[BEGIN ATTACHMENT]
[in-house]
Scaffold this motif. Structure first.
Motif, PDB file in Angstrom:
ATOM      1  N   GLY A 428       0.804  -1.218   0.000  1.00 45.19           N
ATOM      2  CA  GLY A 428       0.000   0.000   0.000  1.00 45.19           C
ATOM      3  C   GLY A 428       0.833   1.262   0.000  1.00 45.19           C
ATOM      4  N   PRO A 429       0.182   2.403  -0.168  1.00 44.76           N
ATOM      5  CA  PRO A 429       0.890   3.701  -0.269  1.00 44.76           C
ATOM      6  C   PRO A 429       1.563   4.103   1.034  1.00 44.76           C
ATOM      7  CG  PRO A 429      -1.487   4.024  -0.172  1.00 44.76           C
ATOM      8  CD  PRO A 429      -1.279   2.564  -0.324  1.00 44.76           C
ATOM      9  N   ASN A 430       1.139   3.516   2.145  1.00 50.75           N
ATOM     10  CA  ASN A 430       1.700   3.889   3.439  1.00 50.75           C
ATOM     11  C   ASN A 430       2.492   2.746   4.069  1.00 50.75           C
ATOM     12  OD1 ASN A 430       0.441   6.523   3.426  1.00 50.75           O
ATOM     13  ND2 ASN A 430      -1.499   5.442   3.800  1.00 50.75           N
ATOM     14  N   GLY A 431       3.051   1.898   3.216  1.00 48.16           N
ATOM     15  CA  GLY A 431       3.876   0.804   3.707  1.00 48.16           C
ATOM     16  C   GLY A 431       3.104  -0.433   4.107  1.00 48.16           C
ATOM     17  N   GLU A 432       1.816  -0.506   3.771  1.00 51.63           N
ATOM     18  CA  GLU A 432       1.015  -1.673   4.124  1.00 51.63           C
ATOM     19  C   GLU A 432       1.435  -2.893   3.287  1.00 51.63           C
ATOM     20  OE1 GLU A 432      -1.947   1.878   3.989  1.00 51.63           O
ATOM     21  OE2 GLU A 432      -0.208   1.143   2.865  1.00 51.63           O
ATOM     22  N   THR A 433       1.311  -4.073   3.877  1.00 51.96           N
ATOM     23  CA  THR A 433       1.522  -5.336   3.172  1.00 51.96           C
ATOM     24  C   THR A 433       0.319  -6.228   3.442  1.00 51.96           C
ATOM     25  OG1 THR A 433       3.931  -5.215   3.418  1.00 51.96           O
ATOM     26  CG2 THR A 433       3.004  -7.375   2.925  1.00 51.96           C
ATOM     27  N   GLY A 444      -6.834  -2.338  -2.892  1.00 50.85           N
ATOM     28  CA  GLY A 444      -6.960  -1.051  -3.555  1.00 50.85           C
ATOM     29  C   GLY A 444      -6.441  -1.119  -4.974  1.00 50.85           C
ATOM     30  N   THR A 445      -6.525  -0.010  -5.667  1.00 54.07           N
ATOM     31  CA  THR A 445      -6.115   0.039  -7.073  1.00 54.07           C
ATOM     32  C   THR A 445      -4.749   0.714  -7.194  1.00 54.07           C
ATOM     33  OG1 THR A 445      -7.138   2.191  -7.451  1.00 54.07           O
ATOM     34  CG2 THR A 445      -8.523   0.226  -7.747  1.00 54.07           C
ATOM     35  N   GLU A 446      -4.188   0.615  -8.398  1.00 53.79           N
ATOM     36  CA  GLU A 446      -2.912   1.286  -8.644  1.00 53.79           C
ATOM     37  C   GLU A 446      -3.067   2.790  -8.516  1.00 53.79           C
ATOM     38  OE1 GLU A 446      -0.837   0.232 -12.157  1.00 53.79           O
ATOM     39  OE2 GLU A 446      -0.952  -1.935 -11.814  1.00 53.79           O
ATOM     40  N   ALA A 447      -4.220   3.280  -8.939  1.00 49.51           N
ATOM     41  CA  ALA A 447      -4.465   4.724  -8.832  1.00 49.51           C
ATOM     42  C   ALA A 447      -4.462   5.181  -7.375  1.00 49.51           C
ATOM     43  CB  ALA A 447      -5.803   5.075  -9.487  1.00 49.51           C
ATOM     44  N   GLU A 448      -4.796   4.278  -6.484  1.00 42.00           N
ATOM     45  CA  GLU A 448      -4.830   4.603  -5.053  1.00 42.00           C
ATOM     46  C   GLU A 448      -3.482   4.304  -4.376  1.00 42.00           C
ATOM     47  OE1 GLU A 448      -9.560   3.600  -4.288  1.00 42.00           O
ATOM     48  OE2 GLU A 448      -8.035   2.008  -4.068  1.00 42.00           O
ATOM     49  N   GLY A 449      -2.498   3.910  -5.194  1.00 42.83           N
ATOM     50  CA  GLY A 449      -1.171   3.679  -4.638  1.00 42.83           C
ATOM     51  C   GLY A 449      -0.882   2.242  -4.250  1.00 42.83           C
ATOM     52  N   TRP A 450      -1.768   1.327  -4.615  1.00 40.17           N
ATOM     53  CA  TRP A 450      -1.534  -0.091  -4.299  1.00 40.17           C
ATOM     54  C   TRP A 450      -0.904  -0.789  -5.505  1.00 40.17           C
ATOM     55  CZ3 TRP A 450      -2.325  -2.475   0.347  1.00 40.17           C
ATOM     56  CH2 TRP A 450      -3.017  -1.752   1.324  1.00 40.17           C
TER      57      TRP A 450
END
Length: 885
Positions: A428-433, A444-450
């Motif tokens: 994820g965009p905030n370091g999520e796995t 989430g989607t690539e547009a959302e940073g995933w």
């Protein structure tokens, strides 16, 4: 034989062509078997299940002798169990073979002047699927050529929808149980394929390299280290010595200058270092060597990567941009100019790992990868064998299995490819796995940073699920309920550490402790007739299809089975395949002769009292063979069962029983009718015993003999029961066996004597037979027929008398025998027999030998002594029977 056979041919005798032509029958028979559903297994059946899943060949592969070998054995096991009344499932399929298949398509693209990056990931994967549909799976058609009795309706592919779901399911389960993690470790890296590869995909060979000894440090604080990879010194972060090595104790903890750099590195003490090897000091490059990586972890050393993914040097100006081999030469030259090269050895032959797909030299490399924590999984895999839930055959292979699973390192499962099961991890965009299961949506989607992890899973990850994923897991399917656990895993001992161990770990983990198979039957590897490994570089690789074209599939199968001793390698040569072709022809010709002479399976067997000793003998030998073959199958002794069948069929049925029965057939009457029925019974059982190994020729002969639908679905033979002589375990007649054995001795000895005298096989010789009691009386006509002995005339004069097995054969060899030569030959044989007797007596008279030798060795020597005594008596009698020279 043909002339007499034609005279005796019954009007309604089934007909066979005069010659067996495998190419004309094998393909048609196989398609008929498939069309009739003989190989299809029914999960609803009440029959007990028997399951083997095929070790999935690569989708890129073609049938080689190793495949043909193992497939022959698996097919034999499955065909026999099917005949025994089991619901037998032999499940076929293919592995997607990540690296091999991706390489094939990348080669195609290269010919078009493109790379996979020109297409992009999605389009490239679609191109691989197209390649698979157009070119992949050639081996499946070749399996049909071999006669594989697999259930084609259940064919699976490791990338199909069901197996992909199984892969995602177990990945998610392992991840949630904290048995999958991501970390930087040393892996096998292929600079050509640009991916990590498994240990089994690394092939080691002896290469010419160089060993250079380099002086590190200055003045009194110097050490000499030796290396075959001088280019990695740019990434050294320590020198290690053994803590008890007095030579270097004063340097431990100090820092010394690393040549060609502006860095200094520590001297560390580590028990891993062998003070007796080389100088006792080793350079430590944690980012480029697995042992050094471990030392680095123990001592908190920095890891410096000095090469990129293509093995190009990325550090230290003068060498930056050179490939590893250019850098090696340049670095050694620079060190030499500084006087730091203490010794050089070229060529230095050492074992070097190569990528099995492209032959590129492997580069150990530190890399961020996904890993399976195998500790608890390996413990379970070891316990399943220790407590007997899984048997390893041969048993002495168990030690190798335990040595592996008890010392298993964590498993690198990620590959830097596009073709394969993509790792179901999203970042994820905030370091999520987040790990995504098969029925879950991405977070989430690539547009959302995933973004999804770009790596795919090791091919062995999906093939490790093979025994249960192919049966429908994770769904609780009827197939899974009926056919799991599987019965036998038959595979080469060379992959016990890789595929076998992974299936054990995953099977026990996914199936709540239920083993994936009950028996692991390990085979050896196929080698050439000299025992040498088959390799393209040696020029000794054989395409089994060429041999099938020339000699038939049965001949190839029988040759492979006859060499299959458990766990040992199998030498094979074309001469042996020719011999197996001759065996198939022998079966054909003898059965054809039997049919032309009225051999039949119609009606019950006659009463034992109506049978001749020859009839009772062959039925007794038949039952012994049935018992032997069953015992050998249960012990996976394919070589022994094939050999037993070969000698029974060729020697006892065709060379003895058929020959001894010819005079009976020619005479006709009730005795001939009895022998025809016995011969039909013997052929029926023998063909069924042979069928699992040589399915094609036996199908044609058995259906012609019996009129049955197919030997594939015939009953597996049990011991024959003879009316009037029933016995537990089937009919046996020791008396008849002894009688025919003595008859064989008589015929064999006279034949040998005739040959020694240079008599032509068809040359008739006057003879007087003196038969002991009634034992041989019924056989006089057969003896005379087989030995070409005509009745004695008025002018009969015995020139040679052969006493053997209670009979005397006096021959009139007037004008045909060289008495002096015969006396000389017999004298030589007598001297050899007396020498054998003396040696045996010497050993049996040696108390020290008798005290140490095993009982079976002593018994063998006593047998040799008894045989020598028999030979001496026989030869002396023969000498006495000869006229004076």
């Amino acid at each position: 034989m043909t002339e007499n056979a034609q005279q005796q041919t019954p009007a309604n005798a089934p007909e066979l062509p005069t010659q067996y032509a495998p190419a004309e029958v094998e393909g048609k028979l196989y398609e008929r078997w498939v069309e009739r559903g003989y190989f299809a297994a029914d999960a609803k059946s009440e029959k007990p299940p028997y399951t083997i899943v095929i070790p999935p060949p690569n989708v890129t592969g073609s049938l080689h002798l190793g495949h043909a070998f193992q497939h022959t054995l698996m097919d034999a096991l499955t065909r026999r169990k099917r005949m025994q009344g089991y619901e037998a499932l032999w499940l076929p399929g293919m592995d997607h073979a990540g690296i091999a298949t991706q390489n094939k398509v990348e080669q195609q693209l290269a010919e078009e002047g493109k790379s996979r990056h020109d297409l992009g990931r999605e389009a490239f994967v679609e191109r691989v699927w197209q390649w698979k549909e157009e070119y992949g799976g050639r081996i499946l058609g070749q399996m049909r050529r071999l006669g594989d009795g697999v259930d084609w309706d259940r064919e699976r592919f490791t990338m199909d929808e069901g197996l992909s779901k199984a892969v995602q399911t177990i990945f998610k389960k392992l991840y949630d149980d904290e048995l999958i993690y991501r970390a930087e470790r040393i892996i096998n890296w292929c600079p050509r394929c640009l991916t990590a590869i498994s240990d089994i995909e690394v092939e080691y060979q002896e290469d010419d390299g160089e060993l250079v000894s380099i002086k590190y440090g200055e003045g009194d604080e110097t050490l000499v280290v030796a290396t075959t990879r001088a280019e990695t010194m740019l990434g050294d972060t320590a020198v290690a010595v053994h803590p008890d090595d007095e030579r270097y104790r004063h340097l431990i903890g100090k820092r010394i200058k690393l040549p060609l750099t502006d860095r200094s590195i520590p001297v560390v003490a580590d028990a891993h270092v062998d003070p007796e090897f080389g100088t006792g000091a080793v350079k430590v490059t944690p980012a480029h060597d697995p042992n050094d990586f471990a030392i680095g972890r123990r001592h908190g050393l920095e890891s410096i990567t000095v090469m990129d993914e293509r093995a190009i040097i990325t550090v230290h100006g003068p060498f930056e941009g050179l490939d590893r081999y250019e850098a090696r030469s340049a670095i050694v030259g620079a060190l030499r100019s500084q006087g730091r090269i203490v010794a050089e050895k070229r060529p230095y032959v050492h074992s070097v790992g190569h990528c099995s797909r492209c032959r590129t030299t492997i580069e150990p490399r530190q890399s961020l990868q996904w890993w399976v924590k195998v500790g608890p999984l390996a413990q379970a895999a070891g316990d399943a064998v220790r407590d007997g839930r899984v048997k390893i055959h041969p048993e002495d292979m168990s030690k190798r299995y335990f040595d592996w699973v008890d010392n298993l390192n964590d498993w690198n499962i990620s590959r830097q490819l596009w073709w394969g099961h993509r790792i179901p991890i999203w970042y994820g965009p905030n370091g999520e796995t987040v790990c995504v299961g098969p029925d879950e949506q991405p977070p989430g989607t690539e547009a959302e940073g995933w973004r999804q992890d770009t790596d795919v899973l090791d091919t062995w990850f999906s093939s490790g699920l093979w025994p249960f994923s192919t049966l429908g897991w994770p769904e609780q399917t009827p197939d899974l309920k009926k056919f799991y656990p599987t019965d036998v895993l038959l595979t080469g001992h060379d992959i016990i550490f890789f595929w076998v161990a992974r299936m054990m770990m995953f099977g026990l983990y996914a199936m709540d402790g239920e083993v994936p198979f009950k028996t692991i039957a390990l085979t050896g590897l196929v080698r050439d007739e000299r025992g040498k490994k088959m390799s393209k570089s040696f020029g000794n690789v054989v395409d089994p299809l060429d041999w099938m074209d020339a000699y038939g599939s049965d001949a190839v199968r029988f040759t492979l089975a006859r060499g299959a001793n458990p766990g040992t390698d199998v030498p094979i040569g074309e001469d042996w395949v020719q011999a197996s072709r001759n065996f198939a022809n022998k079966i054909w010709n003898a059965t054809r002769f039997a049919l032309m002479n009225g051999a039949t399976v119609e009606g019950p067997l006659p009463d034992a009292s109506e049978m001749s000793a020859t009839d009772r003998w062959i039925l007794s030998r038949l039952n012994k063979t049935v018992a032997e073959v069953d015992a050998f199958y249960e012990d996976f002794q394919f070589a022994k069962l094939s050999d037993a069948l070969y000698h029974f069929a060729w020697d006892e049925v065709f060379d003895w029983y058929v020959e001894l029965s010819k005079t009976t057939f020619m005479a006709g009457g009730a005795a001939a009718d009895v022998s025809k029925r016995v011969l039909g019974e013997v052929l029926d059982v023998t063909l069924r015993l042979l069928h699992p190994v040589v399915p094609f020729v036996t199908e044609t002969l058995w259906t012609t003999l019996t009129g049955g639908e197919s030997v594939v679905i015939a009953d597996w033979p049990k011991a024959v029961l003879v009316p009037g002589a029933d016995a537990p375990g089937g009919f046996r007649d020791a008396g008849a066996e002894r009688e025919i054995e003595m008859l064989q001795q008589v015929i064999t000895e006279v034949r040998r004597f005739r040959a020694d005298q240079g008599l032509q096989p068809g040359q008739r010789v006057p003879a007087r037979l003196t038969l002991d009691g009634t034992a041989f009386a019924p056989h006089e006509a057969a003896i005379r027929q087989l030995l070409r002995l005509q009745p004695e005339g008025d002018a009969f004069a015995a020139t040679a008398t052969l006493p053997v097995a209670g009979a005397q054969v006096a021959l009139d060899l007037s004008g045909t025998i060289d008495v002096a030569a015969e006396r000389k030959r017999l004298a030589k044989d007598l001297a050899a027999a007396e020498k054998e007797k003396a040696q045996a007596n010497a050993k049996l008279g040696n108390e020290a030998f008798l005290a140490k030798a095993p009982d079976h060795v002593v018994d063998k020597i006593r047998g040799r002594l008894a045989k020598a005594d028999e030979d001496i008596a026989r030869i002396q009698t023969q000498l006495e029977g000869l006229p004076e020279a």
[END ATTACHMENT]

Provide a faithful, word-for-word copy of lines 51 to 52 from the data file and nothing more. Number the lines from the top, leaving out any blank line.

ATOM     48  OE2 GLU A 448      -8.035   2.008  -4.068  1.00 42.00           O
ATOM     49  N   GLY A 449      -2.498   3.910  -5.194  1.00 42.83           N